After Baldwin, Davidon enrolled at Amherst College, for its
academics. Rowing was a secondary thought. But she signed up for
the team, and as a freshman she was placed on the varsity squad,
rowing in an eight and taking the seat of an upperclasswoman.
This created, by Davidon's recollection, much turmoil. Petty
jealousies emerged among her teammates, and Davidon was unhappy.
Even after she decided to leave Amherst's low-key rowing program
following the fall semester of her freshman year, cryptic
Davidon-bashing by her ex-mates continued. She remembers a sign
being posted: AMHERST CREW IS RUTHLESS. She proceeded with the
sport but in a single scull, rowing independently and only for
recreation. She had learned a valuable lesson early: Teammates
can be unreliable.

Although Davidon is now a member of the U.S. rowing team, she
often trains on her own. Her coach is her husband, Eric
Beinhocker (who also works as a business consultant).
Beinhocker, who rowed at Dartmouth, became engaged to Davidon in
1990 when he was a graduate business student at MIT and she was
working at a Harvard research lab. Both rowed on Boston's
Charles River for pleasure. In time it became apparent that
Davidon--because of her rowing technique, her outlandish
dedication to fitness and her immense capacity for work--could
become the fastest woman single sculler in the country and
possibly the world. She stopped rowing for pleasure. She started
rowing with a gold medal in mind.

Her days are grueling, and she avoids anything that might make
them easier. She gets around Arlington, for the most part, on an
18-speed, 11-year-old Peugeot bicycle, and she always pedals as
hard as possible. Some days she expends a final bit of energy by
calling the pizza-delivery guy. ("Mushrooms, zucchini, broccoli,
pesto, extra red sauce, on a whole-wheat crust. And please be
generous with the vegetables.") The cats--Anna, Katya,
Atlanta--get some attention. The magazines (Scientific American,
The Economist, The Atlantic Monthly) get less. As for
Beinhocker, he's somewhere between the formerly smushed Atlanta
and The Economist. "It takes an incredibly understanding
husband," Davidon says. "There have been times when we've
wondered if it's worth it. We came to the conclusion that this
is a once-in-a-lifetime opportunity."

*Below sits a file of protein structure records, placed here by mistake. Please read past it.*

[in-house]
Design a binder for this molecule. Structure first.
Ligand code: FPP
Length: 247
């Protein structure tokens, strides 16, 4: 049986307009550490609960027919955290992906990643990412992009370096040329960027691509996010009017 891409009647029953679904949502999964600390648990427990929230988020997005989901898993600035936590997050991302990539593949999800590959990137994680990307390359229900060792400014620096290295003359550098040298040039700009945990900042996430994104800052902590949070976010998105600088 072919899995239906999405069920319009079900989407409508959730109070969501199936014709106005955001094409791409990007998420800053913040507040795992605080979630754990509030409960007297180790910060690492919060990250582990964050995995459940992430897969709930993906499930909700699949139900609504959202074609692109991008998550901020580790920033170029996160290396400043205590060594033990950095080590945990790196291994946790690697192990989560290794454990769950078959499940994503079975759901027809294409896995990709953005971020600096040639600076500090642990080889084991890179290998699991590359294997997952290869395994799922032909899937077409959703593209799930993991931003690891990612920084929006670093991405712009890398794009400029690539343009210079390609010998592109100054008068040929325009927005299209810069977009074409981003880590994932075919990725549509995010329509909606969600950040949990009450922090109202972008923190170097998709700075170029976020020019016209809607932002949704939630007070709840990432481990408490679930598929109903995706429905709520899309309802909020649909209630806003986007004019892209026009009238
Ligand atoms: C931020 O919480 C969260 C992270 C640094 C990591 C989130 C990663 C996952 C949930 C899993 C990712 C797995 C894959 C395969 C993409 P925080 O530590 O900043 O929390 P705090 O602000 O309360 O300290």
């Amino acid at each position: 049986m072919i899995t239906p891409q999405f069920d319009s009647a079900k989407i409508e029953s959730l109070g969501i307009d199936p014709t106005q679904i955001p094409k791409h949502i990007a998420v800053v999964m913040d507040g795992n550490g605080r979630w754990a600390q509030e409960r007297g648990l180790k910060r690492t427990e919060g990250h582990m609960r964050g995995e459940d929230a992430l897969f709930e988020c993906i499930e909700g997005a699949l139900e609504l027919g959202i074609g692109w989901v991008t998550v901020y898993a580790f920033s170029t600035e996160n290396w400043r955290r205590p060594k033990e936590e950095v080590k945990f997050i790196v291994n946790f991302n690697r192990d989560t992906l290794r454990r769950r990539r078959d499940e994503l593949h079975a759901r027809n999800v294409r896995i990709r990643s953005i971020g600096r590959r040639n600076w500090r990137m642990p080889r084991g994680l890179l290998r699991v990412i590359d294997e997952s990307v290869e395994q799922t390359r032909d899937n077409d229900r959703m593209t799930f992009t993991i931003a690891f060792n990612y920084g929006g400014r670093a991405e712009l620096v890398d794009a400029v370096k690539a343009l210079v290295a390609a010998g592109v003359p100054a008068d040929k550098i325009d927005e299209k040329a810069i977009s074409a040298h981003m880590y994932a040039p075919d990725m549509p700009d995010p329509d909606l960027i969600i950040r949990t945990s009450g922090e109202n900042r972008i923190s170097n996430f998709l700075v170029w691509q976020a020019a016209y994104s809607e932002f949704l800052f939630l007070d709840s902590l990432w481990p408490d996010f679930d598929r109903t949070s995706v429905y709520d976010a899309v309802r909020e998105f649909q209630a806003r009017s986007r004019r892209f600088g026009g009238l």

Davidon has made other sacrifices too. She is not making trips
to Third World countries to start health clinics and provide
vaccinations for children, even though she would like to. (In
1985, while building a clinic in Nicaragua, Davidon contracted
malaria and lost 30 pounds.) Although she has completed her
immunology course work, she isn't even thinking about writing
her doctoral dissertation now. As for medical school, she's on
partial leave until after the Olympics. But even during intense
training she makes regular visits to Johns Hopkins to consult on
her studies and work with patients.

It is another day. Davidon is at the Johns Hopkins Hospital,
taking a patient's history. The patient is a 22-year-old man,
once a schoolboy basketball player, now ghastly thin and bruised
from the intrusive ways of modern medicine. The man, Matt
Mihelcic, has a severe liver disorder. He wears a hospital gown.
Tubes and wires are attached to his frail chest. In his right
hand he grips a water bottle, just as Davidon does on her
exercise machines. She wears a lab coat. She has a thermometer
in her pocket and a stethoscope around her neck.

She asks Mihelcic to squeeze her fingers. "Squeeze as hard as
you can," she says. She's pushing him, and he's pushing himself.
"Harder," she says. He makes a face, mirroring Davidon's look on
the StairMaster, the face of the athlete in agony. "Good!" she

She leaves the room. The experience has moved her. She is
somber, lost in thought. In two days she will head to New Mexico
to train at an altitude of more than 5,000 feet. The harder, the
better. But now she is thinking about her patient and about the
fragility of life. She loves her sport, but healing is her
life's work. She is struck by Mihelcic's will. "The resilience
of the human body," she says. "That's the great thing."